Wednesday, 24 July 2013

Britain's royal family

Cut this anti-democratic dynasty out of politics       The monarchy embodies inequality and fosters conservatism.
Seumas Milne                            Guardian/UK                         23 July 2013
As a rule, progressive Britain prefers to ignore the monarchy. First, it's embarrassing: 364 years after we first abolished it and long after most of the rest of the world dispensed with such feudal relics, we're still lumbered with one. Second, there are always more important things to confront – from rampant corporate power and escalating inequality to incessant war and the climate crisis. And last, the media and political class form such a sycophantic ideological phalanx around the institution that dissent is treated as, at best, weird and miserabilist.
But ignoring it leaves a festering anti-democratic dynasticism at the heart of our political system. The descendants of warlords, robber barons, invaders and German princelings – so long as they aren't Catholics – have automatic pride of place at the pinnacle of Britain's constitution.  Far from uniting the country, the monarchy's role is seen as illegitimate and offensive by millions of its citizens, and entrenches hereditary privilege at the heart of public life. While British governments preach democracy around the world, they preside over an undemocratic system at home with an unelected head of state and an appointed second chamber at the core of it.
Meanwhile celebrity culture and a relentless public relations machine have given a new lease of life to a dysfunctional family institution.  If the royal family were simply the decorative constitutional adornment its supporters claim, punctuating the lives of grateful subjects with pageantry and street parties, its deferential culture and invented traditions might be less corrosive. But contrary to what is routinely insisted, the monarchy retains significant unaccountable powers and influence. In extreme circumstances, they could still be decisive.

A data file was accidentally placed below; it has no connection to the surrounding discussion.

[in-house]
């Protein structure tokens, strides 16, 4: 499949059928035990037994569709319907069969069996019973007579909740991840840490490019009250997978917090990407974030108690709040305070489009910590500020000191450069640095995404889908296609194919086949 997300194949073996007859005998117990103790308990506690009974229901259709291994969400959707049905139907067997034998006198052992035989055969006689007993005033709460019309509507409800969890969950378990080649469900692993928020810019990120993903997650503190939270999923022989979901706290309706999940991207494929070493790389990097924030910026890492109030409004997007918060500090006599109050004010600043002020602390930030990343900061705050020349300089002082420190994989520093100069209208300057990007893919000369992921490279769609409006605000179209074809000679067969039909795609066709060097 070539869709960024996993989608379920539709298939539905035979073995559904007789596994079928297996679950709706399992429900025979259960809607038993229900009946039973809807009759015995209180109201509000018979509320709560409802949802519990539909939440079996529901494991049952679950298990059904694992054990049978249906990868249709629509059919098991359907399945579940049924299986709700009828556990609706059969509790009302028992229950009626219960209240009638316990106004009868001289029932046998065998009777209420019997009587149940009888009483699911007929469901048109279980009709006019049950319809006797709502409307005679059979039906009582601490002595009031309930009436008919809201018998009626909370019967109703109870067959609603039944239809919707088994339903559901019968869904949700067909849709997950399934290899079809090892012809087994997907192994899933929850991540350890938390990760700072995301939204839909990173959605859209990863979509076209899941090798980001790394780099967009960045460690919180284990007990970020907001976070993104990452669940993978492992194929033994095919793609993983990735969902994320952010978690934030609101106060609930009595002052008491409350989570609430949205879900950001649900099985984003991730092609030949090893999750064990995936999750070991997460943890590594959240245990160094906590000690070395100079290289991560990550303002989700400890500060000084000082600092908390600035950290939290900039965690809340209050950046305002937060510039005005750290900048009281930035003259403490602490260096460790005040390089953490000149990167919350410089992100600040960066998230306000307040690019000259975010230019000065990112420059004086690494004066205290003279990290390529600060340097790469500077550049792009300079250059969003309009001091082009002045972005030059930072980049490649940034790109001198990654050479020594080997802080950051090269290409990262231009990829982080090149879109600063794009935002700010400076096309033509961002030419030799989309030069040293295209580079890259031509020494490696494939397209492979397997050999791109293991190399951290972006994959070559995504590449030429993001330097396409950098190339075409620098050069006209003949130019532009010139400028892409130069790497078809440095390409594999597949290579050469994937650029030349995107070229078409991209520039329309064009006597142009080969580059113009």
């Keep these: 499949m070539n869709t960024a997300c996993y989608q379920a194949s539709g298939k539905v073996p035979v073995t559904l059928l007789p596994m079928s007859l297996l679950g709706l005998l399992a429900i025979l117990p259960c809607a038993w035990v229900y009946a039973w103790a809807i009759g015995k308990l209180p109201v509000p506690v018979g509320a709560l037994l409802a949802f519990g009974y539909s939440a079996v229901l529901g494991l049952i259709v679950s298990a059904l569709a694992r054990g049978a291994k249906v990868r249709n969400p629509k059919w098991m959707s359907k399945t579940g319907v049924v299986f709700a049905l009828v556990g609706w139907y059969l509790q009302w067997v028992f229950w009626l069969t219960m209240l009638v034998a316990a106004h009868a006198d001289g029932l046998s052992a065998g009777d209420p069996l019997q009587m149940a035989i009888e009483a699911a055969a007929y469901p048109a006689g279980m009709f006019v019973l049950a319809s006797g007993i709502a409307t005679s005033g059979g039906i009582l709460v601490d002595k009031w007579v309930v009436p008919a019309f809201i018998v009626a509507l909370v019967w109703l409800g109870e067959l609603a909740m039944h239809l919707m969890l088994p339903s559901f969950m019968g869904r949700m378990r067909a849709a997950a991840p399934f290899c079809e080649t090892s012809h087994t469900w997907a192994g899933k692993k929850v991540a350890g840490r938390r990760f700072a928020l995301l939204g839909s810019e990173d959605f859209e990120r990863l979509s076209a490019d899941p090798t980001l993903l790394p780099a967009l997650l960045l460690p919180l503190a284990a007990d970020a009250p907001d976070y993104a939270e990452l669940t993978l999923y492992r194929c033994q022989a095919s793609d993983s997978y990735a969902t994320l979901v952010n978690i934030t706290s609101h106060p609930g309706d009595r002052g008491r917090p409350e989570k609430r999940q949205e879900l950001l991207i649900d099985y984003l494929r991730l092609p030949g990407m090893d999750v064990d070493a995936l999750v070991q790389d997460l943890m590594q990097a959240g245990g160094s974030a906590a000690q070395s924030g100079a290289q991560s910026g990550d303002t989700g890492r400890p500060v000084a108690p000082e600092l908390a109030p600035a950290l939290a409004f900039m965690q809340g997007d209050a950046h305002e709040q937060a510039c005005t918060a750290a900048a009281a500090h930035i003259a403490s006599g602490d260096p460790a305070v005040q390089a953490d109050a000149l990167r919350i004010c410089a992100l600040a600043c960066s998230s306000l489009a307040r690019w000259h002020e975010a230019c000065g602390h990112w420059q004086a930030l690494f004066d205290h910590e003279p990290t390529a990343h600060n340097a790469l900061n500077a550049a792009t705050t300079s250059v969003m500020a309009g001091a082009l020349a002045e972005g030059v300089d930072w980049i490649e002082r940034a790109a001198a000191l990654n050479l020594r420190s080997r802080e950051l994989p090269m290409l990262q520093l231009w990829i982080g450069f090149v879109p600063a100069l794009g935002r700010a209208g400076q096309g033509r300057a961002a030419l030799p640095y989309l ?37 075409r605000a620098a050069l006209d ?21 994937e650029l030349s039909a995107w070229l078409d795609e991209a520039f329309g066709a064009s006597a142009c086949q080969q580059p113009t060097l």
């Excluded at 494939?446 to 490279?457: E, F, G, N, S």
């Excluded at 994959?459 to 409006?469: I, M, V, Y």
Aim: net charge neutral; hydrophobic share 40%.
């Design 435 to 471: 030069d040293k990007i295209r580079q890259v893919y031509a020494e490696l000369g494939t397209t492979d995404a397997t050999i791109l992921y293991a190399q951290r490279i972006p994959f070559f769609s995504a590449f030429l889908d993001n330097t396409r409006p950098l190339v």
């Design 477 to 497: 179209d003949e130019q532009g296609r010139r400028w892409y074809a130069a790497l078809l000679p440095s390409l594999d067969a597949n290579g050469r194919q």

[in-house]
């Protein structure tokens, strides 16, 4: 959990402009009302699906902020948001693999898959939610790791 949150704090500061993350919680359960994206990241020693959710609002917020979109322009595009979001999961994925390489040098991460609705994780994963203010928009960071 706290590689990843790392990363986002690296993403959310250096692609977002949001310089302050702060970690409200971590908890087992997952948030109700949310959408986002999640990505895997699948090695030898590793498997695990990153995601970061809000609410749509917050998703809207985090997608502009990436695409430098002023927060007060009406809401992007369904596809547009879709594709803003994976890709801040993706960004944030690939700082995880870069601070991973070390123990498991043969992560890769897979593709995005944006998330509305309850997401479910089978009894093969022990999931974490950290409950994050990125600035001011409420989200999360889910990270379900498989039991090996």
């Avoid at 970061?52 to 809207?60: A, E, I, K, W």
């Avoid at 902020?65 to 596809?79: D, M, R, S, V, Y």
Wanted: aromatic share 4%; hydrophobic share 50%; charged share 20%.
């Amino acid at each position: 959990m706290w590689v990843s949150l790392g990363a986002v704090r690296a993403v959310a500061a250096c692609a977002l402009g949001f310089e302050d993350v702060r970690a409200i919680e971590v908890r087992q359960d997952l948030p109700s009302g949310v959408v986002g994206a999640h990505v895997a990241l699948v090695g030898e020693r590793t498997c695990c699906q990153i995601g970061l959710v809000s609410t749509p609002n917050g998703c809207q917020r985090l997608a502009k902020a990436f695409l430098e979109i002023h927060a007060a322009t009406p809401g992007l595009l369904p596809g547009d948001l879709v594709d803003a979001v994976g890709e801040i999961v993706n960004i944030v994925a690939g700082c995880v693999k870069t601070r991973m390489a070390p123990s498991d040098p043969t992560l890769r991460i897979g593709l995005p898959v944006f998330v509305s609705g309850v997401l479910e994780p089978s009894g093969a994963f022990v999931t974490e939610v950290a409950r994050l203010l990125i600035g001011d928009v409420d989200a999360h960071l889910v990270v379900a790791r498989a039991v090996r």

Several key crown prerogative powers, exercised by ministers without reference to parliament on behalf of the monarchy, have now been put on a statutory footing. But the monarch retains the right to appoint the prime minister and dissolve parliament. By convention, these powers are only exercised on the advice of government or party leaders. But it's not impossible to imagine, as constitutional experts concede, such conventions being overridden in a social and political crisis – for instance where parties were fracturing and alternative parliamentary majorities could be formed. The British establishment are past masters at such constitutional sleights of hand
A striking feature of global politics in recent decades has been the resurgence of the hereditary principle across political systems: from the father and son Bush presidencies in the US and the string of family successions in south Asian parliamentary democracies to the Kim dynasty in North Korea, along with multiple other autocracies. Some of that is driven by the kind of factors that produced hereditary systems in the first place, such as pressure to reduce conflict over political successions. But it's also a reflection of the decline of ideological and class politics.
The English overthrew their monarchy in the 1640s, before the social foundations were in place for a viable republic – and the later constitutional settlement took the sting out of the issue. But it didn't solve it, and the legacy is today's half-baked democracy. You'd never know it from the way the monarchy is treated in British public life, but polling in recent years shows between 20% and 40% think the country would be better off without it, and most still believe it won't last. That proportion is likely to rise when hapless Charles replaces the present Queen.
There are of course other much more powerful obstacles to social advance in Britain than the monarchy, but it remains a reactionary and anti-democratic drag. Republics have usually emerged from wars or revolutions. But there's no need for tumbrils, just elections. It's not a very radical demand, but an elected head of state is a necessary step to democratise Britain and weaken the grip of deferential conservatism and anti-politics. People could vote for Prince William or Kate Middleton if they wanted and the royals could carry on holding garden parties and travelling around in crowns and gold coaches. The essential change is to end the constitutional role of an unelected dynasty. It might even be the saving of this week's royal baby.        [Abridged]
Twitter: @SeumasMilne

No comments:

Post a Comment